Reports and publications (published elsewhere)

Healthy stores, healthy communities: the impact of Outback Stores on remote Indigenous Australians

Posted on: 2 August, 2010
Issue: Vol 10 No 3, July 2010 - September 2010
Related to Health Health promotion Nutrition Policies Remote

Hudson S (2010)
Healthy stores, healthy communities: the impact of outback stores on remote Indigenous Australians
Sydney: Centre for Independent Studies

The government healthy eating campaigns to combat the ‘gap’ in health status between Indigenous and non-Indigenous Australians have tended to assume that the poor diets of Indigenous Australians and their subsequent poor health outcomes are because of their lack of knowledge about what foods are healthy. But lack of education is not always the problem. For many residents of remote communities it is the problems with supply and affordability of produce that limit the opportunities to consume fresh fruit and vegetables on a regular basis.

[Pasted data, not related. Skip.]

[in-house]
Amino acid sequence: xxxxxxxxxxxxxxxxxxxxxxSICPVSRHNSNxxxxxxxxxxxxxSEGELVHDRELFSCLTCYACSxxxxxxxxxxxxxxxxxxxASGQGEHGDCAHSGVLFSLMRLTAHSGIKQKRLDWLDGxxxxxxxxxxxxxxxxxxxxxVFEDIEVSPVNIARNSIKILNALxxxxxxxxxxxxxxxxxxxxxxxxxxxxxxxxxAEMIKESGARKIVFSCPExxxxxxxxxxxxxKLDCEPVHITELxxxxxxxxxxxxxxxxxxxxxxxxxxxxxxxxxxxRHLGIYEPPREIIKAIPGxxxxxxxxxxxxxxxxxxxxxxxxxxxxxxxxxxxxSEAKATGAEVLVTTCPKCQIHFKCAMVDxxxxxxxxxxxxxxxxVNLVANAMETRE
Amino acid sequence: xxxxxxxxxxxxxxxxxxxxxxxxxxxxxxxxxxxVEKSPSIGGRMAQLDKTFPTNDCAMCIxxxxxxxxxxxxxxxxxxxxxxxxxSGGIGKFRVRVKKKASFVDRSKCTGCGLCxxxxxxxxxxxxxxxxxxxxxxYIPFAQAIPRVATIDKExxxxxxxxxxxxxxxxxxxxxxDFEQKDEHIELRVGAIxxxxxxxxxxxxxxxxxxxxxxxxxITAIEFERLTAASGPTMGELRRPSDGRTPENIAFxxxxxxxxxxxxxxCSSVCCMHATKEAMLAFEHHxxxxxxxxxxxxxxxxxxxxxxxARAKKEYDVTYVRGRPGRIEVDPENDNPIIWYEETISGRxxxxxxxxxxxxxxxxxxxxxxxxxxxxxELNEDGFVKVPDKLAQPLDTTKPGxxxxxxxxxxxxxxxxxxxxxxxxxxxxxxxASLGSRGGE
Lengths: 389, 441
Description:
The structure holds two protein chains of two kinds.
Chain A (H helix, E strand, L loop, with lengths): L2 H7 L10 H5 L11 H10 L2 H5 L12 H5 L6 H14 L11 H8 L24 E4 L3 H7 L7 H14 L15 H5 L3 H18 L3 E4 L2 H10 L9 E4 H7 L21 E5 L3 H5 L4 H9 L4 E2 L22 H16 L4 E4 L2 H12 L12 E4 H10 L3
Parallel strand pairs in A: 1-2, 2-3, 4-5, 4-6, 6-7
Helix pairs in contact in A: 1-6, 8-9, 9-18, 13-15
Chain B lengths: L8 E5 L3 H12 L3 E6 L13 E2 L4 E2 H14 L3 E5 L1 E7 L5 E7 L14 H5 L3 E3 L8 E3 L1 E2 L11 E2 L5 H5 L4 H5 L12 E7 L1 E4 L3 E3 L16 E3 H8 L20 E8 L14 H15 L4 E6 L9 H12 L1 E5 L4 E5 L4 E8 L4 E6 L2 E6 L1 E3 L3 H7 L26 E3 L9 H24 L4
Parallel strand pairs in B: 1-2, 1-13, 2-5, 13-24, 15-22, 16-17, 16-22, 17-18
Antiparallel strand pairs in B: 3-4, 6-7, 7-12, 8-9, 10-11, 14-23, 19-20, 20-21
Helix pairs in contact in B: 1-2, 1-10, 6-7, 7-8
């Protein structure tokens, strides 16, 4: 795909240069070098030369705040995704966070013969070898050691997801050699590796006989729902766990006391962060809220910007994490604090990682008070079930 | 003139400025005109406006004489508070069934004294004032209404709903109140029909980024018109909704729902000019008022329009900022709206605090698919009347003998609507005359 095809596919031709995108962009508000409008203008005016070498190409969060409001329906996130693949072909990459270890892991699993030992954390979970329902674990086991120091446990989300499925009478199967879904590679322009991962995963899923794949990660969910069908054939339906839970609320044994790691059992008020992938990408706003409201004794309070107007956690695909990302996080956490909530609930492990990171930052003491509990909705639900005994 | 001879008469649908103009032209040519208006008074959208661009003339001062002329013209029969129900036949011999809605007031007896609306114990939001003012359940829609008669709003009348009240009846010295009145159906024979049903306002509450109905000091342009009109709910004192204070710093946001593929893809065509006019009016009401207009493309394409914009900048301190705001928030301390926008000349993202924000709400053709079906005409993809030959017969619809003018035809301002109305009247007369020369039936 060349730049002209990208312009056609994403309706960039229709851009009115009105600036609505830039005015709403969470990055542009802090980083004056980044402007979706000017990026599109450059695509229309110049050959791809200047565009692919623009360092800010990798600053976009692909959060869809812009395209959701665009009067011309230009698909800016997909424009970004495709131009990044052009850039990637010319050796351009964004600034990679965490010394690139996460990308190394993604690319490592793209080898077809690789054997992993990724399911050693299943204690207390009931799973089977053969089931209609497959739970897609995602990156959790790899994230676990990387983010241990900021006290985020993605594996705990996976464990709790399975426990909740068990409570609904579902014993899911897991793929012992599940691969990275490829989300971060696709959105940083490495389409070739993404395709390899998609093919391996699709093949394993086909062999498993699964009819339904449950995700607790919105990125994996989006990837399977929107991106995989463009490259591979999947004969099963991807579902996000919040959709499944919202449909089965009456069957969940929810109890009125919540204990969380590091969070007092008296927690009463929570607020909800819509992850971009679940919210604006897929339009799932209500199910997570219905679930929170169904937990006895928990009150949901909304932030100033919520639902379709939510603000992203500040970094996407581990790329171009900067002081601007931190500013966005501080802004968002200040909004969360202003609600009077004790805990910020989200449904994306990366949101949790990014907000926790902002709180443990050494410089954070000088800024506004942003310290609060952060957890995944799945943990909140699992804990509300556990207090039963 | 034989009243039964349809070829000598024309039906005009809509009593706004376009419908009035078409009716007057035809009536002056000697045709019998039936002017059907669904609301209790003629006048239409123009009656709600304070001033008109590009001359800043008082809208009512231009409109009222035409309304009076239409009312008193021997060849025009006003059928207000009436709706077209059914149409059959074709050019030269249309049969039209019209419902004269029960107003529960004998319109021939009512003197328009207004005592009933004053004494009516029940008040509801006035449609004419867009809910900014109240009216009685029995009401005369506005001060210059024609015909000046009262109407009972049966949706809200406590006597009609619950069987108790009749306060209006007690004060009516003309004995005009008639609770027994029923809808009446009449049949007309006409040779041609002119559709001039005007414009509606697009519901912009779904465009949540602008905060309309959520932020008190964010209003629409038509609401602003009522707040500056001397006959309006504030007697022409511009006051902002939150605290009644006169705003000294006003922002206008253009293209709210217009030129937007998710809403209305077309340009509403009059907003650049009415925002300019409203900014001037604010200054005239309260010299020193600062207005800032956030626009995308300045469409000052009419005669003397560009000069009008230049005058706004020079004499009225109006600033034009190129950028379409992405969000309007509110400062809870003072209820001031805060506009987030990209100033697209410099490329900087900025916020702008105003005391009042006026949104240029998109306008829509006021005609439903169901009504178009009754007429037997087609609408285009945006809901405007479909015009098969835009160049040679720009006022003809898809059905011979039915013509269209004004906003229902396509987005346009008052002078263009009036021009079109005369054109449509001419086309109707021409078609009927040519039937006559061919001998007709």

In 2006 the Rudd Government established a company called Outback Stores, to manage remote community stores on behalf of Indigenous communities. The purpose was to address poor management practices and reduce uneconomic cultural practices, which can result in the stores selling goods at high prices or providing inferior products and poor service.

In this report Sara Hudson, Policy Analyst in the Indigenous Affairs Research Program at The Centre for Independent Studies, discusses the impact of the Outback Stores on remote communities. She argues that the government involvement in Outback Stores has created an unequal playing field that stifles competition, and makes it more difficult for independent community stores to keep operating. She suggests that Outback Stores should not be allowed to operate in communities of over 500 residents and that government intervention into remote stores should be confined to monitoring and regulating stores practices.

Australian Indigenous HealthInfoNet abstract

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